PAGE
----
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Pollution changes are one reason for more tropical cyclones in Atlantic since 1980, NOAA says

Over time, researchers expect the number of storms to drop even as hurricanes become more severe.

Human behavior helped cause more tropical cyclones to form in the Atlantic Ocean over the last 40 years, according to a new study led by the National Oceanic and Atmospheric Administration.

The average annual number of cyclones has not changed across the world since 1980, researchers found, but the places where those storms form most have shifted. Among the potential causes is what might seem like a surprising culprit: a decrease in a specific form of particle pollution that blocks the sun’s rays. Lead author of the study and NOAA researcher Hiroyuki Murakami said other factors are at play, too, including fluctuations in greenhouse gas emissions and volcanic eruptions.

More cyclones have come especially to the North Atlantic — the basin above the equator in which tropical storms and hurricanes threaten Florida. Others, including the western Pacific Ocean and southern Indian Ocean, showed relatively fewer storms.

The study illustrates a vexing subject for climate scientists and serves as an example of the complicated interplay between pollution and the atmosphere. In some places, the concentration of aerosols, including those that emerge when people burn fuel in cars and power plants, have dropped because policies like the Clean Air Act are working. But having fewer aerosol particles creates a clearer path for the sun to warm seas, Murakami said. Hotter water fuels storms.

Man-made aerosols are pollutants and can be harmful for public health. Before the regulations of the last century, researchers believe aerosols counteracted and obscured some of the global warming caused by carbon dioxide emissions. Scientists say such greenhouse gases, which also come from burning fuel, heat the world and its oceans even further.

“Things we do can impact the climate, but I also don’t recommend starting to pollute a lot more just to cool the Atlantic,” said Phil Klotzbach, a Colorado State University atmospheric science researcher not involved in the study. Some aerosols, he said, are natural — like Saharan dust that blows over the ocean and suppresses hurricane formation. Changes in winds brought less dust over the Atlantic in recent decades than in the 70s or 80s, Klotzbach said.

The NOAA study showed that volcanic eruptions (in particular Mexico’s El Chichón in 1982 and Pinatubo in the Philippines nine years later) also released particles that led to cooling in areas, which helped shift storms in turn.

The research, published in Proceedings of the National Academy of Sciences of the United States of America, involved models based on observed climate data, Murakami said. The historical tropical cyclone record is limited.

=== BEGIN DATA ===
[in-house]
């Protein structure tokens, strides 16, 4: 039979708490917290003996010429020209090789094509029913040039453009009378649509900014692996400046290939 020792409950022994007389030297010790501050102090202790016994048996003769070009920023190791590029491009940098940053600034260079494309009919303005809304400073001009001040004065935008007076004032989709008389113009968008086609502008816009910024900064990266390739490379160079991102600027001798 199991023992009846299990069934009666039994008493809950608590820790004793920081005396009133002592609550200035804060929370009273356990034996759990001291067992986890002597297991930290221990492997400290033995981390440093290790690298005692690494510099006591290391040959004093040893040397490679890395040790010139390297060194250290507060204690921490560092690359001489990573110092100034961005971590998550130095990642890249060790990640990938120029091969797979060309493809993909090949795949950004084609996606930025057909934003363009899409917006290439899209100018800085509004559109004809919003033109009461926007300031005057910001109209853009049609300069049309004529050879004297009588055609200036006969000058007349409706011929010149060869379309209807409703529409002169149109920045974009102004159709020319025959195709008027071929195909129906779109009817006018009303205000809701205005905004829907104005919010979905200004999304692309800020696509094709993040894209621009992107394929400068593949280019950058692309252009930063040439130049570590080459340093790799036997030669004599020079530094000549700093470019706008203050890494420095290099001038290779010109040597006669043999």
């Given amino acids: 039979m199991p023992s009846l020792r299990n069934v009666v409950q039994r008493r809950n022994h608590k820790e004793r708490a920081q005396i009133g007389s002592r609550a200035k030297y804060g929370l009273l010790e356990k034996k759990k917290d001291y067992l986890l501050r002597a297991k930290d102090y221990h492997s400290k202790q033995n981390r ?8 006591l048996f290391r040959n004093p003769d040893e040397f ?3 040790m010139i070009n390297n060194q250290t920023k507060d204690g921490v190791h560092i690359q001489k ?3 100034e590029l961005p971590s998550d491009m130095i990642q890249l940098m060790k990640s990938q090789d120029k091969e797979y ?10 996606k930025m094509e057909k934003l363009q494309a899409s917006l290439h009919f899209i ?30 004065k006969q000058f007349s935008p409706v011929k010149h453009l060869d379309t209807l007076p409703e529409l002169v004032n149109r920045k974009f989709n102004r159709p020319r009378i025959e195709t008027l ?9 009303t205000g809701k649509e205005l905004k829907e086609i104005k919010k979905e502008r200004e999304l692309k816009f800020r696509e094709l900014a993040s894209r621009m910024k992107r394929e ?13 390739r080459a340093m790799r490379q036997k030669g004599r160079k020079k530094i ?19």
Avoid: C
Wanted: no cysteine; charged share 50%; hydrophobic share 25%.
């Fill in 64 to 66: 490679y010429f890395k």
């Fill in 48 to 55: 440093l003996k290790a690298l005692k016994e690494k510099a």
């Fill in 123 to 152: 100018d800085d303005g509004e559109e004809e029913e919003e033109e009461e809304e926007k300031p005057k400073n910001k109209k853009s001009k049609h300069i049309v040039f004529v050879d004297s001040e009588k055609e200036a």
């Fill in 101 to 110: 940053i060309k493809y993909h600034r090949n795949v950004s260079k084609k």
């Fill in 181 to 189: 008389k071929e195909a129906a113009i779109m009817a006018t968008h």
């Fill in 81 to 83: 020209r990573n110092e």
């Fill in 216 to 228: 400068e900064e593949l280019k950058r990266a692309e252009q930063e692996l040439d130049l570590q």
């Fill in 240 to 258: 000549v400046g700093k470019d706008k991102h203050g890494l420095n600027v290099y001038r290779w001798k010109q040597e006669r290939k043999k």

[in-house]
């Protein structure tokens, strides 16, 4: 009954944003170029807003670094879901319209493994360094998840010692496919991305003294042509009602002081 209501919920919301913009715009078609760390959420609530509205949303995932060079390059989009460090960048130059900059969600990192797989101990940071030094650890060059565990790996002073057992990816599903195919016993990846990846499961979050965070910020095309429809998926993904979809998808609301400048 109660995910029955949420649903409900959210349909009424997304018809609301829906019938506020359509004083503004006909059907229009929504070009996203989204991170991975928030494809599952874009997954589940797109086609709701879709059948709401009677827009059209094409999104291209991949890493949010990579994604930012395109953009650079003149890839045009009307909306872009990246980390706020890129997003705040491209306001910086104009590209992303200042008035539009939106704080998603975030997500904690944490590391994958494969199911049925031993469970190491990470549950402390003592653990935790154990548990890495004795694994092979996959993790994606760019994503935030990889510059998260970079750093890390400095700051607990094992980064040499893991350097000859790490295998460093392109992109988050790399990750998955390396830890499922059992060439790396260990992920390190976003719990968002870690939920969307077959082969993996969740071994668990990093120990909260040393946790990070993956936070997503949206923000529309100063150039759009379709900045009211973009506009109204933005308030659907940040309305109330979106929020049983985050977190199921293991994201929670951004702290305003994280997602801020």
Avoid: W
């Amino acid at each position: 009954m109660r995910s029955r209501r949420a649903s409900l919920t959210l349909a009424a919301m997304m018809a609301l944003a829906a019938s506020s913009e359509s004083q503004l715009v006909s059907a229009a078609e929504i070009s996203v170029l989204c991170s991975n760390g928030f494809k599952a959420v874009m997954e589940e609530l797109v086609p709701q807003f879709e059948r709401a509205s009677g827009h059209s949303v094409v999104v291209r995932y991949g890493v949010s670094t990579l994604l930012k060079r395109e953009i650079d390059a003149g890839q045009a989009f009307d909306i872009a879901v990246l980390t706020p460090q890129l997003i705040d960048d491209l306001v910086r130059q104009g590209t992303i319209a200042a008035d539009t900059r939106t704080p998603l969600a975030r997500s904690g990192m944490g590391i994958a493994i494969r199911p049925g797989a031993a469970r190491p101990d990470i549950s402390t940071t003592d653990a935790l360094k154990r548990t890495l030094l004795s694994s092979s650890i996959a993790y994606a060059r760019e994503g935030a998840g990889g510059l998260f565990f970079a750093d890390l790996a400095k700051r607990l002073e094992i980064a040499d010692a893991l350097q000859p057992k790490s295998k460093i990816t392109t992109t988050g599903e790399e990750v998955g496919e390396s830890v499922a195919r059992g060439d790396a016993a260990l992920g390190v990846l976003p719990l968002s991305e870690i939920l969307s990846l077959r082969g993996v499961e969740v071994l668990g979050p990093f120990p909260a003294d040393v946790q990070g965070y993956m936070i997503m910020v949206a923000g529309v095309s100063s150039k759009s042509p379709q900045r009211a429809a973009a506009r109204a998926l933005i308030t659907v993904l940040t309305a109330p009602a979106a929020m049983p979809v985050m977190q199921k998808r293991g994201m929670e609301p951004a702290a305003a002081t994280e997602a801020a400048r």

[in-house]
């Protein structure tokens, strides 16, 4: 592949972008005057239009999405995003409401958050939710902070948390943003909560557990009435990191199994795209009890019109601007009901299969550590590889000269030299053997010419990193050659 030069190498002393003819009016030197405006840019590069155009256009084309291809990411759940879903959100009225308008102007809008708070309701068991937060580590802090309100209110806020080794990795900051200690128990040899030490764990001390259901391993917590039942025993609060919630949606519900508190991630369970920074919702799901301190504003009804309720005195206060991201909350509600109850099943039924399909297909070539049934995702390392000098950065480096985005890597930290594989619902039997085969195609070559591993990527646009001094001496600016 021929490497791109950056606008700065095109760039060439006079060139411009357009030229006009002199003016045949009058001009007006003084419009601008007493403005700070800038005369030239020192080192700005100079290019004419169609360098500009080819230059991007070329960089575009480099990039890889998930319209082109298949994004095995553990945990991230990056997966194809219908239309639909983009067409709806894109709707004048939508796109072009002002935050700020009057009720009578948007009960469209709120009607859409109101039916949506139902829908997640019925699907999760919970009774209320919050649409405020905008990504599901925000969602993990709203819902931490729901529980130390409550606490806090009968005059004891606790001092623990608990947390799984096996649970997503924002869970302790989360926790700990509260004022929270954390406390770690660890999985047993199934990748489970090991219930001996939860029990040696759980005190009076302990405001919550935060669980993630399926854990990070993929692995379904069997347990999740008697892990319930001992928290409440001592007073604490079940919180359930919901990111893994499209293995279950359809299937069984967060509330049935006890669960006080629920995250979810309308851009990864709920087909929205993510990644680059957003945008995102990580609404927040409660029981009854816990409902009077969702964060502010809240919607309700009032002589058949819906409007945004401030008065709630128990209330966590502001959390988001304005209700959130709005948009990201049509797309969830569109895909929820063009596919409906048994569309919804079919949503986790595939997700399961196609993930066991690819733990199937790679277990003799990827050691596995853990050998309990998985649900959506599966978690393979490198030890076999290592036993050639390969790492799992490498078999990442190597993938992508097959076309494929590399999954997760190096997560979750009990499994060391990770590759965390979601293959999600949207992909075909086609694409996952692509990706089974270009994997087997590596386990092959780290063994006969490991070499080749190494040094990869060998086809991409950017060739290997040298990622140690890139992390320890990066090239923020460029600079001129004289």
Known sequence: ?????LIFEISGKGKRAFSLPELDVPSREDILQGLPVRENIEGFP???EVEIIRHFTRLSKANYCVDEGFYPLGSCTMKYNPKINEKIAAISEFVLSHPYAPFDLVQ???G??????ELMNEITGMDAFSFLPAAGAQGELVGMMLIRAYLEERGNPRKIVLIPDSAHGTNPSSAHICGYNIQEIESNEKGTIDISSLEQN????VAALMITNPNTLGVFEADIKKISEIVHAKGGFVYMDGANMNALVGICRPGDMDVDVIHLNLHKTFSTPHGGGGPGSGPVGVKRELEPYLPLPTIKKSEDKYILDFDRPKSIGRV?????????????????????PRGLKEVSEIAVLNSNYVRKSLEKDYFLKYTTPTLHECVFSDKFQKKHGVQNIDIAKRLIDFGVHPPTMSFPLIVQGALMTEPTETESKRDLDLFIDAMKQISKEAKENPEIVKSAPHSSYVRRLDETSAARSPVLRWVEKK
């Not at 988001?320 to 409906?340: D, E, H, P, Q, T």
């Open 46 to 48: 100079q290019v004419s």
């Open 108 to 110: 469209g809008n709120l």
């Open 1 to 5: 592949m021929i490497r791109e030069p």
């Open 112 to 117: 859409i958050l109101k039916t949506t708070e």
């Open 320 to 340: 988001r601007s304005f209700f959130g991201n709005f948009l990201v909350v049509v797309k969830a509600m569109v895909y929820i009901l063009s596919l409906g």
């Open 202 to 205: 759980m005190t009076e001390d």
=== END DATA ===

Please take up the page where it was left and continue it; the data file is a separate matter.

Related: Hurricane Dorian forecasting shows how models have improved since Floyd in 1999

Through its analysis, the NOAA-led team showed the patterns of cyclone formation were not just products of natural variations in climate across decades. Instead, the scientists said, human-induced changes had a measurable impact. The project did not address storm intensity.

A study led by National Oceanic and Atmospheric Administration researchers suggests human behavior has already affected where hurricanes form. [ National Oceanic and Atmospheric Administration ]

“It’s not a super straightforward process like some people would have you believe,” Klotzbach said. “There’s still a lot of stuff we just don’t know.”

The trajectory of the last four decades is not expected to linger forever.

The researchers predict the yearly world average of tropical cyclones will drop from 86 to about 69 by the end of the century because of climate change. They anticipate those storms will be generally more severe.

Greenhouse gases, Murakami said, could cause heating all around that limits temperature variability, or instability, between layers of the atmosphere. Hurricanes and tropical storms thrive on this instability. Still, water temperatures might rise, too, meaning that when cyclones do form, they’ll have energy to draw upon and grow bigger.

Brian Soden, a University of Miami atmospheric science professor not involved with the NOAA study, said climate change is creating other reasons for more destructive hurricanes. For one, he said, scientists believe storms are getting wetter with heavier rainfall that leads to more flooding. Rising seas could increase storm surges, too.

“Those are my two biggest concerns,” Soden said.

Hurricane season begins June 1.

Related: Hurricane season is about to begin. Follow our page for updates and tips.
A family traversed a seawall as Hurricane Matthew blew by St. Augustine in October 2016. [ DOUGLAS R. CLIFFORD | Tampa Bay Times ]

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